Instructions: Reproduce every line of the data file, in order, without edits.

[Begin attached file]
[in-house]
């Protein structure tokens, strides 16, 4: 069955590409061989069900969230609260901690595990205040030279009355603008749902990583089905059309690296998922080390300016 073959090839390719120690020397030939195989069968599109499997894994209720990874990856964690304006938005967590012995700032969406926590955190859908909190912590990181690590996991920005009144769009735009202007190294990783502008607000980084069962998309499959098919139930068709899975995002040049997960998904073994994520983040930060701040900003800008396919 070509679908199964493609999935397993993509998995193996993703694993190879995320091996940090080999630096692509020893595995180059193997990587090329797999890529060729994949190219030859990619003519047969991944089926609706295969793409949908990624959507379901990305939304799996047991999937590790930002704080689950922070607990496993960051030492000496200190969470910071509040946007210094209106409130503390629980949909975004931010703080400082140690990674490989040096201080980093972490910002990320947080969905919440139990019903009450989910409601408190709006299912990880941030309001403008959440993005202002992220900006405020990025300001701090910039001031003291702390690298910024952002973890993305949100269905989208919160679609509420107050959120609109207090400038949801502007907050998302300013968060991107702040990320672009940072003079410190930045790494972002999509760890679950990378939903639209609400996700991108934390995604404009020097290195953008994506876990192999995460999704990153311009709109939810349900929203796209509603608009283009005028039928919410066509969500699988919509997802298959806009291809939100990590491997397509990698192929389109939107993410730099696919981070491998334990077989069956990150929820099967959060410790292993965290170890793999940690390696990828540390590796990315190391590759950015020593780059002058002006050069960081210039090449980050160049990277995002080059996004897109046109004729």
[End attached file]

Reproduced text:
[in-house]
């Protein structure tokens, strides 16, 4: 069955590409061989069900969230609260901690595990205040030279009355603008749902990583089905059309690296998922080390300016 073959090839390719120690020397030939195989069968599109499997894994209720990874990856964690304006938005967590012995700032969406926590955190859908909190912590990181690590996991920005009144769009735009202007190294990783502008607000980084069962998309499959098919139930068709899975995002040049997960998904073994994520983040930060701040900003800008396919 070509679908199964493609999935397993993509998995193996993703694993190879995320091996940090080999630096692509020893595995180059193997990587090329797999890529060729994949190219030859990619003519047969991944089926609706295969793409949908990624959507379901990305939304799996047991999937590790930002704080689950922070607990496993960051030492000496200190969470910071509040946007210094209106409130503390629980949909975004931010703080400082140690990674490989040096201080980093972490910002990320947080969905919440139990019903009450989910409601408190709006299912990880941030309001403008959440993005202002992220900006405020990025300001701090910039001031003291702390690298910024952002973890993305949100269905989208919160679609509420107050959120609109207090400038949801502007907050998302300013968060991107702040990320672009940072003079410190930045790494972002999509760890679950990378939903639209609400996700991108934390995604404009020097290195953008994506876990192999995460999704990153311009709109939810349900929203796209509603608009283009005028039928919410066509969500699988919509997802298959806009291809939100990590491997397509990698192929389109939107993410730099696919981070491998334990077989069956990150929820099967959060410790292993965290170890793999940690390696990828540390590796990315190391590759950015020593780059002058002006050069960081210039090449980050160049990277995002080059996004897109046109004729």